Editorial: Marvel's 'Iron Man 3' is Shane Black's 'Skyfall' for Tony Stark
by Tyler Wantuch
May 10, 2013
Shane Black's Iron Man 3 pays homage to the grittier Iron Man found in comic books by forcing him to use all of his talents in order to save the day. Instead of solely relying on pure power and awesomeness, Black's Iron Man focuses on a multi-dimensional Tony Stark (Robert Downey Jr.) inside the suit — one who can draw on his mechanical genius, super-powered technology, and detective skills to defeat the enemy. But the film plagues him with several human problems such as regret, anxiety, and relationship issues. These help the film present the fullest Iron Man yet - which couldn't make this Marvel nut any happier. More below!
In order to present this full-bodied Tony Stark, Black decided to take a cue from other recent superhero films and strip away all of his riches, technology, and coolness, leaving him left to crack the case in a very un-super method. This technique has become a little more commonplace recently. Although it's fun to watch our superheroes storm an estate MacGyver style, do we like to see our technological masters be stripped down to nothing but their grit? Do homemade, clever devices excite an audience enough to satisfy our action desires, or do we feel like Iron Man without the suit is not entirely Iron Man?
Well, many didn't have a problem with a similar story with an iconic hero late last year. In Sam Mendes' Skyfall, we find another example of a hero being stripped of his high-tech gadgets that have now become synonymous with 007. In the final showdown, Bond must ward off his enemies with only a few household objects and some clever tactics. This broad absence of gadgets and toys may be a reflection of the shadow The Dark Knight trilogy has cast on today's superhero genre. It feels as if Bond, Iron Man, and the regular gang of do-gooders have to live up to the versatility of Nolan's Batman. Meaning they, too, must be presented as well-rounded, deeper human characters that also happen to be superheroes.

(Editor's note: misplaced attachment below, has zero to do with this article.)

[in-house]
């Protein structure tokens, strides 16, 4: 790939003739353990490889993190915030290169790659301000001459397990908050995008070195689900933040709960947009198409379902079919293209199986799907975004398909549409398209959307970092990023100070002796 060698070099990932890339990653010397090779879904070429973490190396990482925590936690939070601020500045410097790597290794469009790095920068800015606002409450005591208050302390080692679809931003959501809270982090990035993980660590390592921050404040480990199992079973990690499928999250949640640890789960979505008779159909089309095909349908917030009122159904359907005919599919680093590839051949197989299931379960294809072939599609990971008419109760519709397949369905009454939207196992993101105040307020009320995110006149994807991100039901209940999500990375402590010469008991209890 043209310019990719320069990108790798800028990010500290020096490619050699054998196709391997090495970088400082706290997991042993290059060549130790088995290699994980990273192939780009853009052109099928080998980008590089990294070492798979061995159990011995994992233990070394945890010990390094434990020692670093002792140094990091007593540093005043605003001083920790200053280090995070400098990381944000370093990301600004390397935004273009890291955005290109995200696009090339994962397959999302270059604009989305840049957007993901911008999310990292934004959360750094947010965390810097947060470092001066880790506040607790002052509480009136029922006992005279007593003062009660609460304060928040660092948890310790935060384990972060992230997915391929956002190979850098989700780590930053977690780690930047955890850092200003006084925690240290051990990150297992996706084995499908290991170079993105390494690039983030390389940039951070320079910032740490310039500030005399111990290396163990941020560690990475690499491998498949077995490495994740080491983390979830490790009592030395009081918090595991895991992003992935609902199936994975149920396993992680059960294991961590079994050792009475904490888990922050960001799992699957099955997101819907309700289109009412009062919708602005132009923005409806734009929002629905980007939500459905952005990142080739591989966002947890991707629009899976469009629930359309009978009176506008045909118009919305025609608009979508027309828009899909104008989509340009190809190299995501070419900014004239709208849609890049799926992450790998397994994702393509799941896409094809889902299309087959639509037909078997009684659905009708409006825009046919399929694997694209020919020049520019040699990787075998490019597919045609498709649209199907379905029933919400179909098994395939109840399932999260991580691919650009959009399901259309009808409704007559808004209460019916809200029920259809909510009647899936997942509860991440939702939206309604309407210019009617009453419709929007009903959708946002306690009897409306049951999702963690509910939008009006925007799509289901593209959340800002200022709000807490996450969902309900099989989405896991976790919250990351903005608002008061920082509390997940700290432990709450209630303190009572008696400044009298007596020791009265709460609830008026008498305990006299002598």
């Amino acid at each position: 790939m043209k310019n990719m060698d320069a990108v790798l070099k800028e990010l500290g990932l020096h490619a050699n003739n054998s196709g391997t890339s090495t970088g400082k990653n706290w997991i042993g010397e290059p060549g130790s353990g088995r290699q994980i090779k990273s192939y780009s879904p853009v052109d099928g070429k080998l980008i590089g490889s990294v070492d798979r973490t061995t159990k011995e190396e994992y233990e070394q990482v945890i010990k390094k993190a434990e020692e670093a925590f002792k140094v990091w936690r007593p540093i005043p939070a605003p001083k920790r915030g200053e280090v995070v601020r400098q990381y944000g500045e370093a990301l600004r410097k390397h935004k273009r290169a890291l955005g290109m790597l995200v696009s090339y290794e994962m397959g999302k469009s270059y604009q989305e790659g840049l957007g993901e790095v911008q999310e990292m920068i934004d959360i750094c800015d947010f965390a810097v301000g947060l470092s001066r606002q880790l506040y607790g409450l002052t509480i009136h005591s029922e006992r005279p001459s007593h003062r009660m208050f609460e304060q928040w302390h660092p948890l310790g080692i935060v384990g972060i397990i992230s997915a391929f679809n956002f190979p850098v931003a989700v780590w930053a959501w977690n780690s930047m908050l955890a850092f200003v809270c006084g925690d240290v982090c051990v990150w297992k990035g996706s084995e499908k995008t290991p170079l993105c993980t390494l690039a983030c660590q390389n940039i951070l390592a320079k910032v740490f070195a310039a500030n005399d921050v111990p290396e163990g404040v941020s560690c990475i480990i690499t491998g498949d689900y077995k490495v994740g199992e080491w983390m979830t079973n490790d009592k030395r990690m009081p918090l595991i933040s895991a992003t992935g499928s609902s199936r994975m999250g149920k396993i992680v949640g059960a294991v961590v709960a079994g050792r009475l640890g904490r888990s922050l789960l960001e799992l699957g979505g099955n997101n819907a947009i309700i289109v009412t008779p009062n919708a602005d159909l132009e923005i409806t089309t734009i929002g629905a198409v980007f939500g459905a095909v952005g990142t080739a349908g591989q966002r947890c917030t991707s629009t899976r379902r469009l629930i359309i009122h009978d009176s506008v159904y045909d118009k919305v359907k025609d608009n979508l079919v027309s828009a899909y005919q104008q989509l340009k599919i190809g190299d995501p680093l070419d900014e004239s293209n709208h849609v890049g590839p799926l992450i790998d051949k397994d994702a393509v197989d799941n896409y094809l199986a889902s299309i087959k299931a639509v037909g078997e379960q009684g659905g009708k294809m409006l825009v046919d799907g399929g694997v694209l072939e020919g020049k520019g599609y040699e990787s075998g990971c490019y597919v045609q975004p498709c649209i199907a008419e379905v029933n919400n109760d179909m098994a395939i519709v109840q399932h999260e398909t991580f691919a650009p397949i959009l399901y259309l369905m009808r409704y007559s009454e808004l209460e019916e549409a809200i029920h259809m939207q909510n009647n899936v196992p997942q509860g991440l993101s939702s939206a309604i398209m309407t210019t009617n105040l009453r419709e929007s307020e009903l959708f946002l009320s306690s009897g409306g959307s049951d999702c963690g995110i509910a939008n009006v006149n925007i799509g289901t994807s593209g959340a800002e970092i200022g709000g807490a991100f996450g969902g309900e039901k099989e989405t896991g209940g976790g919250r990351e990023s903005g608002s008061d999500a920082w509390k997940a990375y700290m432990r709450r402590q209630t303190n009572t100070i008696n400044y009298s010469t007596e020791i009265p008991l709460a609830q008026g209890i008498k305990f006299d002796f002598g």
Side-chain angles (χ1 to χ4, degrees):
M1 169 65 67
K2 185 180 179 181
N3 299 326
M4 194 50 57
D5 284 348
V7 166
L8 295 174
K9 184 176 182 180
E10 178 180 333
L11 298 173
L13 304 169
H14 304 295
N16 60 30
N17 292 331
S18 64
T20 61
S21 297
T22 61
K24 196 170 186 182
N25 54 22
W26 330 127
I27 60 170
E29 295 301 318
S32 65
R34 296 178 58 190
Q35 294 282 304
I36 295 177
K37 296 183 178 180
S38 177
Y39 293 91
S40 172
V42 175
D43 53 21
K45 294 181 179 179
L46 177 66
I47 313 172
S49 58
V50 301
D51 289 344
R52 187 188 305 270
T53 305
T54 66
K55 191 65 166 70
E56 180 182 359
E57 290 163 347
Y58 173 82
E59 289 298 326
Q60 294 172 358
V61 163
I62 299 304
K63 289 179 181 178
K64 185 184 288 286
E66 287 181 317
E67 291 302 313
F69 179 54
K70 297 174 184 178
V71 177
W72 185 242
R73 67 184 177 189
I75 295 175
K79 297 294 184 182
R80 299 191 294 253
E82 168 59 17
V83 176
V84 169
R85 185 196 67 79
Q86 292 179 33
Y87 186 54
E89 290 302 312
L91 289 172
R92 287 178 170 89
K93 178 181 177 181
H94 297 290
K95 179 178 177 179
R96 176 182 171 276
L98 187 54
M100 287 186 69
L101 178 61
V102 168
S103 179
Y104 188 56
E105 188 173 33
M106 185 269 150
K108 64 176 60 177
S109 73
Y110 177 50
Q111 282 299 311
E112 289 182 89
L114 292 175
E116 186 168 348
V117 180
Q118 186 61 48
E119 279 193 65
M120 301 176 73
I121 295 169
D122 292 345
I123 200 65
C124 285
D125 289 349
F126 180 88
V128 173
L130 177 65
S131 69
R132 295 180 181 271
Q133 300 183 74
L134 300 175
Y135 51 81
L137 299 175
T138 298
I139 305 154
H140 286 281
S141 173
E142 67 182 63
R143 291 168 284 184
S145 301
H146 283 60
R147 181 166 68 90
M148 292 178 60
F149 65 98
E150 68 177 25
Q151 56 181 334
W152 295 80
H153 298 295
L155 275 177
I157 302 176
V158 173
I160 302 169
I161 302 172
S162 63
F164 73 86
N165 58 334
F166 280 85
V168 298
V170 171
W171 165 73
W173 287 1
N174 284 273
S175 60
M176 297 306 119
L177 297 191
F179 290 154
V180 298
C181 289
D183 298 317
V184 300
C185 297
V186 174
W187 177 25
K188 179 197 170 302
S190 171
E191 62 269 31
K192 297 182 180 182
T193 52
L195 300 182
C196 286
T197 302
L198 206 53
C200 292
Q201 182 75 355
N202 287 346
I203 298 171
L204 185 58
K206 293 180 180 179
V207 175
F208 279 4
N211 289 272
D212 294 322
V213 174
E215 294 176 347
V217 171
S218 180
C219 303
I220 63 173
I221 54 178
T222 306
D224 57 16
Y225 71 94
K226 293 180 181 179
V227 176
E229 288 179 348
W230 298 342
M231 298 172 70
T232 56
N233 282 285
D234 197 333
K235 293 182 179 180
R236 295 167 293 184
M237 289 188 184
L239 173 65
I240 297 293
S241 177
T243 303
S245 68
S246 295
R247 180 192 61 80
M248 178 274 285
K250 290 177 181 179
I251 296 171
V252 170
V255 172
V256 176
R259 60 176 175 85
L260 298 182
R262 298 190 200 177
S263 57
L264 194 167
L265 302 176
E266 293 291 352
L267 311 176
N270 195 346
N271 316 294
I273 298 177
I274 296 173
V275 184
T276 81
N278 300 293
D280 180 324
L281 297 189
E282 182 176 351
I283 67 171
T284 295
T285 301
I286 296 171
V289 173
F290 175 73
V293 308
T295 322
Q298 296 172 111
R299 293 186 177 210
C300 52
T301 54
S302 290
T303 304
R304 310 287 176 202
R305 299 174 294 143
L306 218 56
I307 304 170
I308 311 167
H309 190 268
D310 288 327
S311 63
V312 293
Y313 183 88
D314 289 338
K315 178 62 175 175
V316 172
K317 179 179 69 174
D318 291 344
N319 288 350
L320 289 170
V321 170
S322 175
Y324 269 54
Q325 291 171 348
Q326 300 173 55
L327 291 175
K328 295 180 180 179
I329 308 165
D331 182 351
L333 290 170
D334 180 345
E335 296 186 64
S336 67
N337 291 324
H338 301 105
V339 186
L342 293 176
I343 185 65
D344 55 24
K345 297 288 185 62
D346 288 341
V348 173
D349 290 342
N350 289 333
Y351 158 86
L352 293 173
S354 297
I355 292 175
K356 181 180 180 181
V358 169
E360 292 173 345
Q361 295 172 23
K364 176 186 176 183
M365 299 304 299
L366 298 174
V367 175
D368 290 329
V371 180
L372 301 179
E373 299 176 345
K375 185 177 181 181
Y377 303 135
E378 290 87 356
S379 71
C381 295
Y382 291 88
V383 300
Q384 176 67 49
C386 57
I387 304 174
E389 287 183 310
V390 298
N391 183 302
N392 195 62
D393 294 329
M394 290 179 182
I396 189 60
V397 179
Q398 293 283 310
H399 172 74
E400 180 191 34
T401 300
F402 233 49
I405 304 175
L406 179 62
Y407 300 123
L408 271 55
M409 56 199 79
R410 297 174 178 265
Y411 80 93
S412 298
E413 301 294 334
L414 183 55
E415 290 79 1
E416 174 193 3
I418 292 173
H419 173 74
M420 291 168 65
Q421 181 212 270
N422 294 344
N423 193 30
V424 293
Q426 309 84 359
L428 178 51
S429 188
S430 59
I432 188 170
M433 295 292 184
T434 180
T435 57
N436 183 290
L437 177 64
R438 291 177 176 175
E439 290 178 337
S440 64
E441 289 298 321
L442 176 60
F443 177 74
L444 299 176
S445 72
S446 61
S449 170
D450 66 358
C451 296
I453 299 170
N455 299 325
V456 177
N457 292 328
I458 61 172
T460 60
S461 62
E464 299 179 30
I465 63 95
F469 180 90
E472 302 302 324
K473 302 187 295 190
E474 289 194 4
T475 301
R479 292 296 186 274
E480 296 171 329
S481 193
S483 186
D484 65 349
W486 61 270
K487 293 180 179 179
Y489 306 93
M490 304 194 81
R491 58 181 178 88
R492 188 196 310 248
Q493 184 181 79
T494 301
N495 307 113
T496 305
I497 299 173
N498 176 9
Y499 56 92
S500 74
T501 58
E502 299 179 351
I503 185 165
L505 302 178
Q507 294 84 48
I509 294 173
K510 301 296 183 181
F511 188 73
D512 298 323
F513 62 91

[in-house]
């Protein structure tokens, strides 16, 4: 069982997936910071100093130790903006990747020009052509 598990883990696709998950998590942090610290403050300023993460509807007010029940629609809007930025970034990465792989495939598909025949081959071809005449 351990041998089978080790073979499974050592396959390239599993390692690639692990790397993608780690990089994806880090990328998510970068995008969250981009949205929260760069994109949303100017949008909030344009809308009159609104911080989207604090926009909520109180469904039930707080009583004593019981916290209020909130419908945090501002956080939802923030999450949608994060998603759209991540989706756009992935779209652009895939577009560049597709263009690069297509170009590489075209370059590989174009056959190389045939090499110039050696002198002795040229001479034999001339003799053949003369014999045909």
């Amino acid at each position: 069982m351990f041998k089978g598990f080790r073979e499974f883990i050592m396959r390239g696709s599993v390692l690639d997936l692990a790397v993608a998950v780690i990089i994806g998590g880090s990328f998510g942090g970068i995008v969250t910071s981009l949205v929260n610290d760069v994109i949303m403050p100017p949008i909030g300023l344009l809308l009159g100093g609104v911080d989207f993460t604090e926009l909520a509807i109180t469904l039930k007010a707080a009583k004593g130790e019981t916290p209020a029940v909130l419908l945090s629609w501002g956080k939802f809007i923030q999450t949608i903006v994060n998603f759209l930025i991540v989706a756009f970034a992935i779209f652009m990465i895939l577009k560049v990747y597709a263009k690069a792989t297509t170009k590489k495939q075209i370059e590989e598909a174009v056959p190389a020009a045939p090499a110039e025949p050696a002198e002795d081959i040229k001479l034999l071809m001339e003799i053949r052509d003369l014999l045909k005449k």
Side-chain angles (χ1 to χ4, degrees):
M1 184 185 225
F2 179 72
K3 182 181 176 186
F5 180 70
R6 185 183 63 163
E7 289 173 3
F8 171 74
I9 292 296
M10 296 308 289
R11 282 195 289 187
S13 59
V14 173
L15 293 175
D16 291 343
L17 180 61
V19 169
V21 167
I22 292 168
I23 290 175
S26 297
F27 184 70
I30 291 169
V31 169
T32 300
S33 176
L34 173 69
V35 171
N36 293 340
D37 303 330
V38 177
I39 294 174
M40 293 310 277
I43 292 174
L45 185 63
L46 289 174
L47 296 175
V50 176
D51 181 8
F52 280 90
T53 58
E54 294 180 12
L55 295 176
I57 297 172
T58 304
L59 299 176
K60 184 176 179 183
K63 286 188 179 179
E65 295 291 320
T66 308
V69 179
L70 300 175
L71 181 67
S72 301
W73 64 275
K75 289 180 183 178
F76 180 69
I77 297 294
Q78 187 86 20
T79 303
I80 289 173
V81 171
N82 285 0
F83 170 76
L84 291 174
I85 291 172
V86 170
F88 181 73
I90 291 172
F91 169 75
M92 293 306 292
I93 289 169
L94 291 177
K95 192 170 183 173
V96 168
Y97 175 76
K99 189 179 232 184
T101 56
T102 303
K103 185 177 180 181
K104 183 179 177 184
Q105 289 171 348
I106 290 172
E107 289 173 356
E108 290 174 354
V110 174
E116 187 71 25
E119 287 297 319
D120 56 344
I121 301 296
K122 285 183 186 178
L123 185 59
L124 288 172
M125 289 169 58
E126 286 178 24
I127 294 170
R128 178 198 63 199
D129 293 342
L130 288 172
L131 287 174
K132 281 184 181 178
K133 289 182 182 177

And the quickest way to invent a more human superhero is by taking away all of the things that make them super and forcing them to fill this void with their own personal cunning, intelligence, and determination. This way, the hero's power reaches beyond his technology and lies somewhere deeper inside of him. Nolan used this exact method in all three of his Batman films, and it worked all three times. It worked so well that Bruce Wayne has become the gold standard of all superheroes. So why shouldn't characters like James Bond and Tony Stark be allowed to follow in his footsteps?
Because, it seems the audience likes to watch Iron Man as a cocky billionaire flying around in a kick-ass suit and blowing up bad guys. This popcorn guzzling mindset is a hard one to break in audiences. A mindset that is shared, I'm sure, by the same people that cheered for A Good Day to Die Hard or cannot wait to see Fast and Furious 6. They want to recapture the essential magic of a blockbuster by only upping the ante with better effects, badder villains, and crazier stunts. But through all the panic attacks, sleuthing, and being out of the suit, Iron Man 3 seems disinterested in one-upping Iron Man 2. It is instead preoccupied with presenting a smarter story and deeper characters. And for anyone who thinks there needed to be more of Stark in the suit, recall how much time Bruce spends outside of the Batsuit in The Dark Knight Rises.
This is not your typical Hollywood blockbuster; instead it is striving to be something greater than just another sequel. The film reminds me of how comic book titles take on new writers in order to shed new light on the same old heroes. Black has brought new dimensions to the same Tony Stark we have enjoyed for three films before, and what's better is it's a result from the more blockbuster antics of The Avengers. This is a must in order to keep the comic book movies fresh and alive. Unfortunately, this means that action fans will need to suffer through some tamer, slower scenes.
For someone like me who doesn't always care for action films, I find this new direction - spurred on by The Dark Knight trilogy and strengthened by the visionaries at the Marvel Studios camp — a breath of fresh air. Exploring the multiple facets of a hero and not being forced to one-up any of the previous films was a stroke of genius — one that I believe we can expect to see in this strengthening genre. Each additional film will not be viewed as a sequel but rather another challenging tale that tested the heroes we've already come to love. Was there enough Iron Man in Iron Man 3? Or was there something was missing?